Budget Guide

Sahapedia is releasing a Budget Guide, the first-ever comprehensive study of the union government’s budget for the art and culture sector in India. The need for this report was necessitated by the absence of a critical engagement with, and analysis of, government policies and programmes for support to arts and culture.

As in other sectors, the pandemic has adversely impacted art and culture, but only more severely. Many art forms and practices are on the verge of extinction or decay as they have been languishing over decades for want of resources. Most consequentially, social security of the many dependent for livelihoods in this sector has been perennially ignored. This begs for introspection – if welfare schemes discuss and provide financial security for the poor across other sectors, then why is this not the case for the arts?

Allocations for MoC as a proportion of GoI budget have remained marginal for the last decade, averaging at 0.11%. For the last five years though, they have shown a declining trend falling to a minuscule 0.07% in FY22 – the lowest in the last 10 years. Allocations in 2021-22 stand at ₹2,688 crore, ₹461 crore less than last year. This 15% reduction comes on top of 30% mid-year downward revision of culture budget for last year. In the light of declining public funds for the sector, Sahapedia hopes that this study will initiate a much-needed conversation on government support to the art and culture sector. It also invites policy makers and other stakeholders to critically analyse policies affecting the sector. And reinvigorating public and private participation in preserving and conserving India’s rich cultural heritage.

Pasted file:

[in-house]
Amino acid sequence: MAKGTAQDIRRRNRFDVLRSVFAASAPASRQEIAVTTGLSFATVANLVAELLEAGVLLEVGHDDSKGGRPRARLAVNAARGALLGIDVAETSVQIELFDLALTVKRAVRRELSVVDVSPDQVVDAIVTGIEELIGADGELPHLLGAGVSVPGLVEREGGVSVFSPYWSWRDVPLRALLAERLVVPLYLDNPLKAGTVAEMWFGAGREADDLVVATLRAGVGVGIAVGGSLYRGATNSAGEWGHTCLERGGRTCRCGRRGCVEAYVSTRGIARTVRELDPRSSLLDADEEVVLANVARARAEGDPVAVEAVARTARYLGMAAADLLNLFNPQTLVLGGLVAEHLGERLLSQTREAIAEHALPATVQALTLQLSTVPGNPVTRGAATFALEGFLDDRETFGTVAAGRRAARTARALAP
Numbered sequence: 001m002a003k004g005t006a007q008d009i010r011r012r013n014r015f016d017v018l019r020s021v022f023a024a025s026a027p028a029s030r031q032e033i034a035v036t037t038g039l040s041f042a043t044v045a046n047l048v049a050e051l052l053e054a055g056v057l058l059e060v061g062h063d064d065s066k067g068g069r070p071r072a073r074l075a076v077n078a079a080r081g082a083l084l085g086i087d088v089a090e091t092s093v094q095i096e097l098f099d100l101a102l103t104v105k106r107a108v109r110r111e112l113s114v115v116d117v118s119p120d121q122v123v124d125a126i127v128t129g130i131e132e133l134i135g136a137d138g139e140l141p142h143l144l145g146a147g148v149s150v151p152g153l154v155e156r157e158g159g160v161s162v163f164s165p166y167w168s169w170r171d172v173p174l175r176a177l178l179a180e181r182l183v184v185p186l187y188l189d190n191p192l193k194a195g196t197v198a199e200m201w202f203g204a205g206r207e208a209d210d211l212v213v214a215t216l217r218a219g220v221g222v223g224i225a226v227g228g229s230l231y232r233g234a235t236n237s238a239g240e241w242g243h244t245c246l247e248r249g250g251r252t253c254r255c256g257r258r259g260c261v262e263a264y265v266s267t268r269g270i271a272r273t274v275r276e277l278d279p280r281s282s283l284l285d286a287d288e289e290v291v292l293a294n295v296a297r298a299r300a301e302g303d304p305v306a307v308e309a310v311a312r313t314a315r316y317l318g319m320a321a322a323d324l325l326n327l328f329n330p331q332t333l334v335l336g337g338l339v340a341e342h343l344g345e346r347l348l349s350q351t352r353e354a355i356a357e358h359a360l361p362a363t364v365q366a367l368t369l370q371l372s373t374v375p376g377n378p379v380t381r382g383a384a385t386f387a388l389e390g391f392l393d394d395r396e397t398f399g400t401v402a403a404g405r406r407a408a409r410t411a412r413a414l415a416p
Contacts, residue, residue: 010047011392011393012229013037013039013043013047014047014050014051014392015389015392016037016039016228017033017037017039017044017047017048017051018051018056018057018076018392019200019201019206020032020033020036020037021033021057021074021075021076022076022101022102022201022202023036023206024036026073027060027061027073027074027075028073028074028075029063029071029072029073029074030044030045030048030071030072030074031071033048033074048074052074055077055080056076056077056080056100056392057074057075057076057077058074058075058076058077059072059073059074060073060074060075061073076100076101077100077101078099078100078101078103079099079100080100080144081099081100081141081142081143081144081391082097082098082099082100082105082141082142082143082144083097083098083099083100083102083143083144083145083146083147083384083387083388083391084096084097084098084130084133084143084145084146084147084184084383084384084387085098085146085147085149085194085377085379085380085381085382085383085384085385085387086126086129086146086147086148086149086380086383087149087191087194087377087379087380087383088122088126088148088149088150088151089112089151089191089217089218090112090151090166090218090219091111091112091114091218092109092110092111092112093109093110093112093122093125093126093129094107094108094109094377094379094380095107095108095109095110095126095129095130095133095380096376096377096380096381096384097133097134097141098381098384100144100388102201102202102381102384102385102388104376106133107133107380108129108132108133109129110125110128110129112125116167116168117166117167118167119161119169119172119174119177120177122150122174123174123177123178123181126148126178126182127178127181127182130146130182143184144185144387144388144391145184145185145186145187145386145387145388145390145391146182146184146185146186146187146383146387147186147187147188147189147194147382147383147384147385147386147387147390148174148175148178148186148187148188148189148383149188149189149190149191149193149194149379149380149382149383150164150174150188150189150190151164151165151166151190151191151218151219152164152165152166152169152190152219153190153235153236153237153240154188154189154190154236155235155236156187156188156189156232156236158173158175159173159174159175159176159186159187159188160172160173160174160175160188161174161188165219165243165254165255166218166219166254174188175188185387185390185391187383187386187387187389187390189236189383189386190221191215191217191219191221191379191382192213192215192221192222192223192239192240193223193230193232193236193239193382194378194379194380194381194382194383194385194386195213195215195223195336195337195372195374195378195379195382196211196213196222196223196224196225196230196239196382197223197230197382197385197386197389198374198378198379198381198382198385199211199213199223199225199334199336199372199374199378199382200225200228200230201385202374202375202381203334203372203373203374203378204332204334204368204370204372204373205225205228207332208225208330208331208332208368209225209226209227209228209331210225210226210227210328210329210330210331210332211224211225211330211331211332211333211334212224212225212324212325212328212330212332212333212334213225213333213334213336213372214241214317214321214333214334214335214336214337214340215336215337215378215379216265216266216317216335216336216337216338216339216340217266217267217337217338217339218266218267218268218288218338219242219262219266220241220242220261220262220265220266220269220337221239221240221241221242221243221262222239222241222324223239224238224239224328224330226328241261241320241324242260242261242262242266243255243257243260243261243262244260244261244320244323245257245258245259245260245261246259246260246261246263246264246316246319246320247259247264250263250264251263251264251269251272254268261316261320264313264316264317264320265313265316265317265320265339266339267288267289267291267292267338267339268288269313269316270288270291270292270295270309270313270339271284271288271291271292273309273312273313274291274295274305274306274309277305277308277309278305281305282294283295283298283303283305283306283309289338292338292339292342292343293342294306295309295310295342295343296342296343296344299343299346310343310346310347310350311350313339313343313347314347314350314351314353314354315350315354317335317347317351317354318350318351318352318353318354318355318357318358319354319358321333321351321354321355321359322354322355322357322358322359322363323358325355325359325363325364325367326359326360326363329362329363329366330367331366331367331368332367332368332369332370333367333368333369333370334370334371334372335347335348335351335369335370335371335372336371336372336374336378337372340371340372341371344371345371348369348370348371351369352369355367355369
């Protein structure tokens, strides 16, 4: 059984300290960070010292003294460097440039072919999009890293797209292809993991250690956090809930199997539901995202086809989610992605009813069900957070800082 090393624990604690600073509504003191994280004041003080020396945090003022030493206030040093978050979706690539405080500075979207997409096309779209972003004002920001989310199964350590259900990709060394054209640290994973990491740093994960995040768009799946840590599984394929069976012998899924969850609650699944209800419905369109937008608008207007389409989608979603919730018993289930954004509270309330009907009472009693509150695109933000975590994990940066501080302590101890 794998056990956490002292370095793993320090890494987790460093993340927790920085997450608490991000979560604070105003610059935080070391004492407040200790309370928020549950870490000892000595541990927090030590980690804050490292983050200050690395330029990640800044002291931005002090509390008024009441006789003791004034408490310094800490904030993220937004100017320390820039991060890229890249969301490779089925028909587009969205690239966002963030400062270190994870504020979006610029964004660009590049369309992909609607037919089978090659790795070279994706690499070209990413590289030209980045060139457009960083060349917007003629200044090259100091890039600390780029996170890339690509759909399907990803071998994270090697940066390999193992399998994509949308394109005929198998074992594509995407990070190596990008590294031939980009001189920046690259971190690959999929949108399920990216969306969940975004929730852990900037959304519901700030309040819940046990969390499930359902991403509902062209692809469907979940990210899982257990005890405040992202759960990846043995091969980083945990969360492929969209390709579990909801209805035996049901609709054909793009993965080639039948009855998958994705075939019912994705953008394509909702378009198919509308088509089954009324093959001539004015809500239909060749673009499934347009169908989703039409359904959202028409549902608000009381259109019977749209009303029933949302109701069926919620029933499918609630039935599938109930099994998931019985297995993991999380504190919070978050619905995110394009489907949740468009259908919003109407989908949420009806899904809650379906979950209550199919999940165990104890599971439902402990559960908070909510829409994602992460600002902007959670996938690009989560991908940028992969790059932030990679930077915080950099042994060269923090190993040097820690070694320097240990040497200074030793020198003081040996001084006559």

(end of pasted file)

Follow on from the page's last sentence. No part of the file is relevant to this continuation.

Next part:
The report looks in detail at:

  • budgetary trends for art and culture over last few years, highlighting the minuscule, and gradually declining, support from the governments both at centre and in states;
  • structural issues and problems associated with schemes administered by the Ministry of Culture;
  • government's response to the pandemic's impact on the arts and culture sector, placing it in an international context;
  • lack of public funds aggravated by the absence of robust data to inform policies and decelerating private contribution

Write to us at with any clarifications/feedback regarding the study.

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